MSF Calls for Specialized HIV/AIDS Treatment for Children, Urges WHO, UNICEF to Address Problem
November 3, 2004
Children with HIV/AIDS in developing countries are "needlessly" dying because of "ignorance" and a lack of suitable pediatric medications, the international medical aid organization Medecins Sans Frontieres said in a statement on Tuesday, the AP/Yahoo! News reports (Klapper, AP/Yahoo! News, 11/2). The announcement came one day before the opening of a three-day conference MSF is hosting with UNICEF and the World Health Organization that will address improving treatment for the approximately 2.5 million children worldwide living with HIV/AIDS (Nebehay, Reuters, 11/2). According to Siobhan Crowley, an AIDS expert with WHO, the conference also will "propose more aggressive steps" to increase the availability and access to effective and affordable drugs for children, according to the AP/Yahoo! News (AP/Yahoo! News, 11/2). In the statement, MSF called upon the pharmaceutical industry to develop easy-to-use, fixed-dose combination antiretroviral drugs modified for use by infants and children (Reuters, 11/2). Although necessary medications are increasingly available to HIV-positive adults in developing countries, most drugs are not produced in dosages and combinations appropriate for children, according to MSF. Therefore, most doctors must create appropriate dosages for children by "opening the pills themselves, then measuring the contents and resealing the capsules," the AP/Yahoo! News reports. "I do what most doctors are doing," Dr. Koen Frederix, a pediatrician practicing in Lyotho, Malawi, said, adding, "I try to show caregivers, such as grandparents, how to crush and break adult tablets, hoping that the children will get the doses they need. It is easy to overdose or underdose children" (AP/Yahoo! News, 11/2). When specialized treatments, such as syrups, are available for children, they typically cost $1,300 annually -- more than six times the $200 annual cost to treat adults, the Financial Times reports (Williams, Financial Times, 11/3).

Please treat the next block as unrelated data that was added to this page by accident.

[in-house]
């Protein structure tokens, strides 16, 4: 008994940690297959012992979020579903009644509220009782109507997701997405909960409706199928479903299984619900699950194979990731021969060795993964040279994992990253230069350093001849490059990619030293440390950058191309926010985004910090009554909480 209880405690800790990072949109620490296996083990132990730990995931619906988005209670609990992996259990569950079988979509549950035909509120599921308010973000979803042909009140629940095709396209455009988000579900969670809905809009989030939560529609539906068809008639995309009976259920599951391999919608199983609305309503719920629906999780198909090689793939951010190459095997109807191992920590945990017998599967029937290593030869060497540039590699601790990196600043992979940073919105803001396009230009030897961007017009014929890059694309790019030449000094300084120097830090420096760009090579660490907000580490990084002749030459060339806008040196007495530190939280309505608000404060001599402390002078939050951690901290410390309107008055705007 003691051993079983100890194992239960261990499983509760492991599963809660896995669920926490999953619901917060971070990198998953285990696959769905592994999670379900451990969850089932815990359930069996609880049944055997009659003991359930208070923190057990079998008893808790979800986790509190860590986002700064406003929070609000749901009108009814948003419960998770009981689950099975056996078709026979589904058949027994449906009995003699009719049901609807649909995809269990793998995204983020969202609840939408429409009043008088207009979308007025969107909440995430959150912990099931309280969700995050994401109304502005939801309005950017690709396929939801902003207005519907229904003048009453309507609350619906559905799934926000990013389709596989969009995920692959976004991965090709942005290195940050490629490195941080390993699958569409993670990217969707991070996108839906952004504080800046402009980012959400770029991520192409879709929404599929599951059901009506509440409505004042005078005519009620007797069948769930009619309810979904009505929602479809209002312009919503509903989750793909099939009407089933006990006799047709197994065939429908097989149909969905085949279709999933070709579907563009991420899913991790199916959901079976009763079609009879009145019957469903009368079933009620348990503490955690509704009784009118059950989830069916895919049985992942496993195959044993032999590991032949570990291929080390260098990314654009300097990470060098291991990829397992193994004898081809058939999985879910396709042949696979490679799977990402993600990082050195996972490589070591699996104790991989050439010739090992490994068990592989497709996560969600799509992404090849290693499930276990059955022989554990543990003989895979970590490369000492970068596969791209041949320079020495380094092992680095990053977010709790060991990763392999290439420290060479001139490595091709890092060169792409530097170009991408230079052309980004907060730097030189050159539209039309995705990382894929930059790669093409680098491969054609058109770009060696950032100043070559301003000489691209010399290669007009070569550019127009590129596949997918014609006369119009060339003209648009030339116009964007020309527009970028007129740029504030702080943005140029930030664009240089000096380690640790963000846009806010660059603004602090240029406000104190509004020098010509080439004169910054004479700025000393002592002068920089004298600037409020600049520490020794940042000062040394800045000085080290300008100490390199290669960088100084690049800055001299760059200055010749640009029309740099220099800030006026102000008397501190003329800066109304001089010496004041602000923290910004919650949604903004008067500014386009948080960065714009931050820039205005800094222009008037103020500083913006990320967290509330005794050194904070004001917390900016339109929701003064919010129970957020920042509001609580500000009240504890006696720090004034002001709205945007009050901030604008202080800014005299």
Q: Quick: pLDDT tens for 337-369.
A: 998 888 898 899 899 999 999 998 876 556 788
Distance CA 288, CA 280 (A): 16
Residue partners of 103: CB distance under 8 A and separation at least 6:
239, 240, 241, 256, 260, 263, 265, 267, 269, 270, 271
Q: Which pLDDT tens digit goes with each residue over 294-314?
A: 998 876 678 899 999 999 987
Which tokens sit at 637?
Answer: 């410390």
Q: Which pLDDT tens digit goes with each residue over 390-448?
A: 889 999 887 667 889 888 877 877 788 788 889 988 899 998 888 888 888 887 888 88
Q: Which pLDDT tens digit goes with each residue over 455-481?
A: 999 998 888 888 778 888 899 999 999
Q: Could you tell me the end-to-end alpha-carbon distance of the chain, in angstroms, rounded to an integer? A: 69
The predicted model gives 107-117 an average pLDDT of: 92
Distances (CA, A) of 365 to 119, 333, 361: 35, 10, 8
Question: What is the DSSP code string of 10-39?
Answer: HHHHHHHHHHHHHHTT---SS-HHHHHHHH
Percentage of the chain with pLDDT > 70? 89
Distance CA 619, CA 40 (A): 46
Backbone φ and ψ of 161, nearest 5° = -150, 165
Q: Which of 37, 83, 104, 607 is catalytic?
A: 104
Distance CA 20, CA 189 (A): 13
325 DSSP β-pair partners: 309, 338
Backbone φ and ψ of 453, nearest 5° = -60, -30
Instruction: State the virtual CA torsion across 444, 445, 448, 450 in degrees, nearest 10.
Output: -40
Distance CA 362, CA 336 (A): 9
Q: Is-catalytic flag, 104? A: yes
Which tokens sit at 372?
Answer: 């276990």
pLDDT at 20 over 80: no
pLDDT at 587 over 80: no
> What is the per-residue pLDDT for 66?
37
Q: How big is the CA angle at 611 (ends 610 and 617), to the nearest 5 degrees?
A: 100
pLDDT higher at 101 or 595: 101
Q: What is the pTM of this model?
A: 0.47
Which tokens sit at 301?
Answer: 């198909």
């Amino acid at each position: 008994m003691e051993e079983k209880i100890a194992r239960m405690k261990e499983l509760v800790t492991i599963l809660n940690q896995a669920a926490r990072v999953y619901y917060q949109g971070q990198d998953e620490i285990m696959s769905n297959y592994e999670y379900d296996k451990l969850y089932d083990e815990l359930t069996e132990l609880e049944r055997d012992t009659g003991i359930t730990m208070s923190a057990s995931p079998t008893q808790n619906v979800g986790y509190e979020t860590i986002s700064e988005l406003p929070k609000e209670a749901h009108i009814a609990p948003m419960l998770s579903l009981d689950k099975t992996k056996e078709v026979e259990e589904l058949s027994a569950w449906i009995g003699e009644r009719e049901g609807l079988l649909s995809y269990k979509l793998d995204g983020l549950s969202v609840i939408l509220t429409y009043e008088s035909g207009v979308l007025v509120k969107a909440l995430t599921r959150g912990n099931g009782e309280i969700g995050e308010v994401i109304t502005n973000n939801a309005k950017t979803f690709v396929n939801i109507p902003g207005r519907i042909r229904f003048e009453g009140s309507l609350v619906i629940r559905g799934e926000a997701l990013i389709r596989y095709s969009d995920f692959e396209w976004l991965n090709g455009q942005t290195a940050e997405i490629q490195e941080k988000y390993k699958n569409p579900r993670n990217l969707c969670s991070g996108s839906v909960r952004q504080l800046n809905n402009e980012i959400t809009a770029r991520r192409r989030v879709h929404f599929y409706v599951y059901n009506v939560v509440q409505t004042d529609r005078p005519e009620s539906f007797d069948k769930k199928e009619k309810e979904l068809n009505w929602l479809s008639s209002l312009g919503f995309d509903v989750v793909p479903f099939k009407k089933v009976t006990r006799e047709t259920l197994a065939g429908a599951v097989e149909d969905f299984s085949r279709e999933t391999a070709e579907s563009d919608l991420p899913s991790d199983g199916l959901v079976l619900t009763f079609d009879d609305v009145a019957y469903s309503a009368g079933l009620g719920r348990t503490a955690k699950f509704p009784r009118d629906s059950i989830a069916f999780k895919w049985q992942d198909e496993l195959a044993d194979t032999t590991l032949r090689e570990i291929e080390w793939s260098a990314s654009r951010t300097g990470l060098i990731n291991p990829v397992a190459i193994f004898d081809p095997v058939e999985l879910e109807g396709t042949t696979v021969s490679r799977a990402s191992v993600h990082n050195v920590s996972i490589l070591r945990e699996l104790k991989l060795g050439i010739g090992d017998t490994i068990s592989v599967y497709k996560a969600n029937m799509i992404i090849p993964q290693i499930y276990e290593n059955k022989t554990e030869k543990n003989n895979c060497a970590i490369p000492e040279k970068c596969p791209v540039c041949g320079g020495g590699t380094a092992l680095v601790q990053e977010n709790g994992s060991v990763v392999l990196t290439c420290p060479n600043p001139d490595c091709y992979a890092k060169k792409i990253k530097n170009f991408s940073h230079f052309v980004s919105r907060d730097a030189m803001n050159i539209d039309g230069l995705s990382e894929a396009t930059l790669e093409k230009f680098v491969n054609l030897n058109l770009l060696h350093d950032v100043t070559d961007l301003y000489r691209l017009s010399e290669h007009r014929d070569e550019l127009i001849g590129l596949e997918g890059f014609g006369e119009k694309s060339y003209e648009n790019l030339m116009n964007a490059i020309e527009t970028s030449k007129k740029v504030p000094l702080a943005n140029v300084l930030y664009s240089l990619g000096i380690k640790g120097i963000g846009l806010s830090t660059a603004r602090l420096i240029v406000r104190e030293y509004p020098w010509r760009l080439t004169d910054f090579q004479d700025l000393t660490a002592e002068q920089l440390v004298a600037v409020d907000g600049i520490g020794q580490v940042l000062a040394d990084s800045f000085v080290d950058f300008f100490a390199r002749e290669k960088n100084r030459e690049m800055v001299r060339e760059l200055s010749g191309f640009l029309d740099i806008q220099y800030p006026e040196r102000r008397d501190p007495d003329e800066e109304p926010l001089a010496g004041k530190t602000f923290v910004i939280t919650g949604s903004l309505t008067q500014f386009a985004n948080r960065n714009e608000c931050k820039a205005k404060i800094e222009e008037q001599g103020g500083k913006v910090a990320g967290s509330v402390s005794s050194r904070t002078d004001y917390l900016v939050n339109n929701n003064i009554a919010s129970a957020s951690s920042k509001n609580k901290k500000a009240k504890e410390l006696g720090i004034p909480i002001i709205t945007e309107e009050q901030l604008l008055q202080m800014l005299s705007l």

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This article was provided by Henry J. Kaiser Family Foundation. It is a part of the publication Kaiser Daily HIV/AIDS Report. Visit the Kaiser Family Foundation's website to find out more about their activities, publications and services.